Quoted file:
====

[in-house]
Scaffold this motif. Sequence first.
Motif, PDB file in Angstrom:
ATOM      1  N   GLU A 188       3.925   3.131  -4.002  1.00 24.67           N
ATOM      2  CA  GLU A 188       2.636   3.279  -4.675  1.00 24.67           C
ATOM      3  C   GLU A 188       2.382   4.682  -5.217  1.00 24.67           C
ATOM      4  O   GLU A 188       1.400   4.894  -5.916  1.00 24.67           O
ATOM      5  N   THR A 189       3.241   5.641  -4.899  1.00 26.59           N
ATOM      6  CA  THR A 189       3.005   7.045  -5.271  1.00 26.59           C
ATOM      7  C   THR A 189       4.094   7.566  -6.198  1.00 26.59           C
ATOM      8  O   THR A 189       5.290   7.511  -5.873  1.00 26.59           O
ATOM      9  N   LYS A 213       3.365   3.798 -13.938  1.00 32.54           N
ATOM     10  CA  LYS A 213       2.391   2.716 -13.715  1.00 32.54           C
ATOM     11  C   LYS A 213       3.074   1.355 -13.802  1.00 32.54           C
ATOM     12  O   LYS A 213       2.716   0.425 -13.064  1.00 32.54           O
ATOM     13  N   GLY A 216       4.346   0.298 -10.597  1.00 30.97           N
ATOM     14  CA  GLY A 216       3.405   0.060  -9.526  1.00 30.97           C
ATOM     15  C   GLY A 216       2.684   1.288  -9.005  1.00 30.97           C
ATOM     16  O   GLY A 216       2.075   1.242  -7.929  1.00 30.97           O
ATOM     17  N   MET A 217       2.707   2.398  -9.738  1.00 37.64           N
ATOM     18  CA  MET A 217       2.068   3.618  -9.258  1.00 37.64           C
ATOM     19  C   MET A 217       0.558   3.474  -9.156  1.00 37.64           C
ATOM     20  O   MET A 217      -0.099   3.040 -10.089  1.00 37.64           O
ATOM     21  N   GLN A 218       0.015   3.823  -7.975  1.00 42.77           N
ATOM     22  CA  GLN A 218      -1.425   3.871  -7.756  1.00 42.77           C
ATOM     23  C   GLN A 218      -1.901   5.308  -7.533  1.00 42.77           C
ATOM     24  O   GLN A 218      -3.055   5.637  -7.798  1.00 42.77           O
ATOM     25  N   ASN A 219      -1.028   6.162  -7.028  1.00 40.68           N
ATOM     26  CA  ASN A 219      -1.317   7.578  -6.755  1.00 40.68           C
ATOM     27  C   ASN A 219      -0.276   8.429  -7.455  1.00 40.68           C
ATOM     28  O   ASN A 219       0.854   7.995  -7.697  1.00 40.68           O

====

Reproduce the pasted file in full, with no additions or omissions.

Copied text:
[in-house]
Scaffold this motif. Sequence first.
Motif, PDB file in Angstrom:
ATOM      1  N   GLU A 188       3.925   3.131  -4.002  1.00 24.67           N
ATOM      2  CA  GLU A 188       2.636   3.279  -4.675  1.00 24.67           C
ATOM      3  C   GLU A 188       2.382   4.682  -5.217  1.00 24.67           C
ATOM      4  O   GLU A 188       1.400   4.894  -5.916  1.00 24.67           O
ATOM      5  N   THR A 189       3.241   5.641  -4.899  1.00 26.59           N
ATOM      6  CA  THR A 189       3.005   7.045  -5.271  1.00 26.59           C
ATOM      7  C   THR A 189       4.094   7.566  -6.198  1.00 26.59           C
ATOM      8  O   THR A 189       5.290   7.511  -5.873  1.00 26.59           O
ATOM      9  N   LYS A 213       3.365   3.798 -13.938  1.00 32.54           N
ATOM     10  CA  LYS A 213       2.391   2.716 -13.715  1.00 32.54           C
ATOM     11  C   LYS A 213       3.074   1.355 -13.802  1.00 32.54           C
ATOM     12  O   LYS A 213       2.716   0.425 -13.064  1.00 32.54           O
ATOM     13  N   GLY A 216       4.346   0.298 -10.597  1.00 30.97           N
ATOM     14  CA  GLY A 216       3.405   0.060  -9.526  1.00 30.97           C
ATOM     15  C   GLY A 216       2.684   1.288  -9.005  1.00 30.97           C
ATOM     16  O   GLY A 216       2.075   1.242  -7.929  1.00 30.97           O
ATOM     17  N   MET A 217       2.707   2.398  -9.738  1.00 37.64           N
ATOM     18  CA  MET A 217       2.068   3.618  -9.258  1.00 37.64           C
ATOM     19  C   MET A 217       0.558   3.474  -9.156  1.00 37.64           C
ATOM     20  O   MET A 217      -0.099   3.040 -10.089  1.00 37.64           O
ATOM     21  N   GLN A 218       0.015   3.823  -7.975  1.00 42.77           N
ATOM     22  CA  GLN A 218      -1.425   3.871  -7.756  1.00 42.77           C
ATOM     23  C   GLN A 218      -1.901   5.308  -7.533  1.00 42.77           C
ATOM     24  O   GLN A 218      -3.055   5.637  -7.798  1.00 42.77           O
ATOM     25  N   ASN A 219      -1.028   6.162  -7.028  1.00 40.68           N
ATOM     26  CA  ASN A 219      -1.317   7.578  -6.755  1.00 40.68           C
ATOM     27  C   ASN A 219      -0.276   8.429  -7.455  1.00 40.68           C
ATOM     28  O   ASN A 219       0.854   7.995  -7.697  1.00 40.68           O